Author dmalcolm
Recipients Arach, Arfrever, Huzaifa.Sidhpurwala, Jim.Jewett, Mark.Shannon, PaulMcMillan, Zhiping.Deng, alex, barry, benjamin.peterson, christian.heimes, dmalcolm, eric.snow, fx5, georg.brandl, grahamd, gregory.p.smith, gvanrossum, gz, haypo, jcea, lemburg, loewis, mark.dickinson, merwok, neologix, pitrou, skrah, terry.reedy, tim.peters, v+python, zbysz
Date 2012-01-26.22:13:18
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Content
On Thu, 2012-01-26 at 21:04 +0000, Alex Gaynor wrote:
> Alex Gaynor <alex.gaynor@gmail.com> added the comment:
> 
> On Thu, Jan 26, 2012 at 4:00 PM, Martin v. Löwis <report@bugs.python.org>wrote:
> 
> >
> > Martin v. Löwis <martin@v.loewis.de> added the comment:
> >
> > I'd like to propose an entirely different approach: use AVL trees for
> > colliding strings, for dictionaries containing only unicode or byte strings.
> >
> > A prototype for this is in
> > http://hg.python.org/sandbox/loewis/branches#avl
> > It is not fully working yet, but I'm now confident that this is a feasible
> > approach.
> >
> > It has the following advantages over the alternatives:
> > - performance in case of collisions is O(log(N)), where N is the number of
> > colliding keys
> > - no new exceptions are raised, except for MemoryError if it runs out of
> > memory for allocating nodes in the tree
> > - the hash values do not change
> > - the dictionary order does not change as long as no keys collide on hash
> > values (which for all practical purposes should mean that the dictionary
> > order does not change in all places where it matters)
> >
> > ----------
> > nosy: +loewis
> >
> > _______________________________________
> > Python tracker <report@bugs.python.org>
> > <http://bugs.python.org/issue13703>
> > _______________________________________
> >
> 
> Martin,
> 
> What happens if, instead of putting strings in a dictionary directly, I
> have them wrapped in something.  For example, the classes Antoine and I
> pasted early.  These define hash and equal as being strings, but don't have
> an ordering.

[Obviously I'm not Martin, but his idea really interests me]

Looking at:
http://hg.python.org/sandbox/loewis/file/58be269aa0b1/Objects/dictobject.c#l517
as soon as any key insertion or lookup occurs where the key isn't
exactly one of the correct types, the dict flattens any AVL trees back
into the regular flat representation (and switches to lookdict for
ma_lookup), analogous to the existing ma_lookup transition on dicts.

From my reading of the code, if you have a dict purely of bytes/str,
collisions on a hash value lead to the PyDictEntry's me_key being set to
an AVL tree.  All users of the ma_lookup callback within dictobject.c
check to see if they're getting such PyDictEntry back.  If they are,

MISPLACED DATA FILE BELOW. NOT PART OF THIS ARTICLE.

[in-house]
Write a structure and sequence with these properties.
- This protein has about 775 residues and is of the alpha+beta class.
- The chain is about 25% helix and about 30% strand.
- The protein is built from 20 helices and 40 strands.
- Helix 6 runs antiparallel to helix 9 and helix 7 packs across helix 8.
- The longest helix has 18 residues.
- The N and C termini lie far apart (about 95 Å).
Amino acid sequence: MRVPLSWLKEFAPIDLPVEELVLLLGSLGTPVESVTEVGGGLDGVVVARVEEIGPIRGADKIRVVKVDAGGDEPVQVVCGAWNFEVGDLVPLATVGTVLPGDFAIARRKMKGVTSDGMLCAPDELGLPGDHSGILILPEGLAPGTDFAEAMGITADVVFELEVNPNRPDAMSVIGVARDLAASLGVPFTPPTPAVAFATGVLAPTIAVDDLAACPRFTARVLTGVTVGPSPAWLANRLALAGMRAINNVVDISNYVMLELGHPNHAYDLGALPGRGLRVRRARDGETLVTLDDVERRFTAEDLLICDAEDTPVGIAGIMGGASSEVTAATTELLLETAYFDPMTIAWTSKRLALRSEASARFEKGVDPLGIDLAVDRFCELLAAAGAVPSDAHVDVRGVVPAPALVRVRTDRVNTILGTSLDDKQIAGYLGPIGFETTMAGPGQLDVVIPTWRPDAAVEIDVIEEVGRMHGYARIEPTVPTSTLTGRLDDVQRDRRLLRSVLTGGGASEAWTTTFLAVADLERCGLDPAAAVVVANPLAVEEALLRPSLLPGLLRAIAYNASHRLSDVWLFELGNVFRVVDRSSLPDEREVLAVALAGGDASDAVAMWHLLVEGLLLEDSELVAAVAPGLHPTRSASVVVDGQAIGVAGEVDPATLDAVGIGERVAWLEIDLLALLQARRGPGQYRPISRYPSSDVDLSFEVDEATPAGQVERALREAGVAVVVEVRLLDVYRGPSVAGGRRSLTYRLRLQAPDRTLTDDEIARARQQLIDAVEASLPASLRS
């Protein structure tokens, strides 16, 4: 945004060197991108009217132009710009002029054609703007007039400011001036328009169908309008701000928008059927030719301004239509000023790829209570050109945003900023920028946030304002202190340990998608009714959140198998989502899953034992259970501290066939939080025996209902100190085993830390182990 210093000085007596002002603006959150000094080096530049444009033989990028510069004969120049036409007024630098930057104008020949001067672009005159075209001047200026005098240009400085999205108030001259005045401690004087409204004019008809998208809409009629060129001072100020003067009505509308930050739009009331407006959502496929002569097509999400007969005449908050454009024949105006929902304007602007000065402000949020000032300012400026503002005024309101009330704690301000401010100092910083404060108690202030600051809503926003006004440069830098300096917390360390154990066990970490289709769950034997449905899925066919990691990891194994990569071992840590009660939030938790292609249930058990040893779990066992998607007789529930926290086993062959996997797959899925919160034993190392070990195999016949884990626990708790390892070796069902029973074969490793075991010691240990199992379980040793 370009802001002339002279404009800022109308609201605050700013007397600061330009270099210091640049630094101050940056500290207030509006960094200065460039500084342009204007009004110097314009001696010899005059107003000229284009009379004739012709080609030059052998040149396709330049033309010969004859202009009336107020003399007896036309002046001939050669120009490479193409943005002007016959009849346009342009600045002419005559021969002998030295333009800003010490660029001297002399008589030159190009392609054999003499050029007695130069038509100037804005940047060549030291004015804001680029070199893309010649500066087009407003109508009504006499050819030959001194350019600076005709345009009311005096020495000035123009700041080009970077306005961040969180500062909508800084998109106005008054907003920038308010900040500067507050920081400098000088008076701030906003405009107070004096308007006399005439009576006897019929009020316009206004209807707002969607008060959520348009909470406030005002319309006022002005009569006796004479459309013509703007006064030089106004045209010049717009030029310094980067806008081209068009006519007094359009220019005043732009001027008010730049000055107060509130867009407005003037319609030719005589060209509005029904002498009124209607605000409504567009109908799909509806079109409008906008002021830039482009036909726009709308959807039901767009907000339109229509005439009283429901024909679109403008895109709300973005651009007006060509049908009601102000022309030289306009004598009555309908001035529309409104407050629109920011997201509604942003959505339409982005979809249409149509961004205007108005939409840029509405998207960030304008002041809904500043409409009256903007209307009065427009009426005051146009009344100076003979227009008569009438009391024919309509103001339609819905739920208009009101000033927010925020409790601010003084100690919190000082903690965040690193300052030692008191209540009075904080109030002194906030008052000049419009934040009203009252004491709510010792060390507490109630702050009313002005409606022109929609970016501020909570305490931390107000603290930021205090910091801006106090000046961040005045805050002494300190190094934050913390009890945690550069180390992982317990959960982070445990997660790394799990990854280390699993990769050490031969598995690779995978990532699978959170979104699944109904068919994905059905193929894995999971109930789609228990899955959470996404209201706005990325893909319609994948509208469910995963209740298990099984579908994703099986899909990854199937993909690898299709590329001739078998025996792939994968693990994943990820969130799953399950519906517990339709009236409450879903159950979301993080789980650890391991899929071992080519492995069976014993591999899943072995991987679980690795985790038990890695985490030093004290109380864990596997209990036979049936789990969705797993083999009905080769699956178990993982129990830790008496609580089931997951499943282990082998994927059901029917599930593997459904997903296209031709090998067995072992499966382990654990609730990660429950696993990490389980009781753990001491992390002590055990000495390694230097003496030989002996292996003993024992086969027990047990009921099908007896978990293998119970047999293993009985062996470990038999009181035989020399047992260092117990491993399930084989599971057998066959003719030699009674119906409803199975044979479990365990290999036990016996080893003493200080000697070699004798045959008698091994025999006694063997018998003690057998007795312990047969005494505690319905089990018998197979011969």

they call into the tree, which leads to TREE_FIND(), TREE_INSERT() and
TREE_DELETE() invocations as appropriate; ultimately, the AVL macros
call back to within node_cmp():
   PyObject_Compare(left->key, right->key)

[Martin, I'm sorry if I got this wrong]

So *if* I'm reading the code correctly, it might be possible to
generalize it from {str, bytes} to any set of types within which
ordering and equality checking of instances from any type is "sane",
which loosely, would seem to be: that we can reliably compare all
objects from any type within the set, so that we can use the comparisons
to perform a search to hone in on a pair of keys that compare as
"equal", without any chance of raising exceptions, or missing a valid
chance for two objects to be equal etc.

I suspect that you can't plug arbitrary user-defined types into it,
since there's no way to guarantee that ordering and comparison work in
the ways that the AVL lookup requires.

But I could be misreading Martin's code.  [thinking aloud, if a pair of
objects don't implement comparison at the PyObject_Compare level, is it
possible to instead simply compare the addresses of the objects?  I
don't think so, since you have a custom equality implementation in your
UDT, but maybe I've missed something?]

Going higher-level, I feel that there are plenty of attacks against
pure-str/bytes dicts, and having protection against them is worthwhile -
even if there's no direct way to use it to protect the use-case you
describe.

Hope this is helpful
Dave
History
Date User Action Args
2012-01-26 22:13:20dmalcolmsetrecipients: + dmalcolm, lemburg, gvanrossum, tim.peters, loewis, barry, georg.brandl, terry.reedy, gregory.p.smith, jcea, mark.dickinson, pitrou, haypo, christian.heimes, benjamin.peterson, merwok, grahamd, Arfrever, v+python, alex, zbysz, skrah, gz, neologix, Arach, Mark.Shannon, eric.snow, Zhiping.Deng, Huzaifa.Sidhpurwala, Jim.Jewett, PaulMcMillan, fx5
2012-01-26 22:13:19dmalcolmlinkissue13703 messages
2012-01-26 22:13:18dmalcolmcreate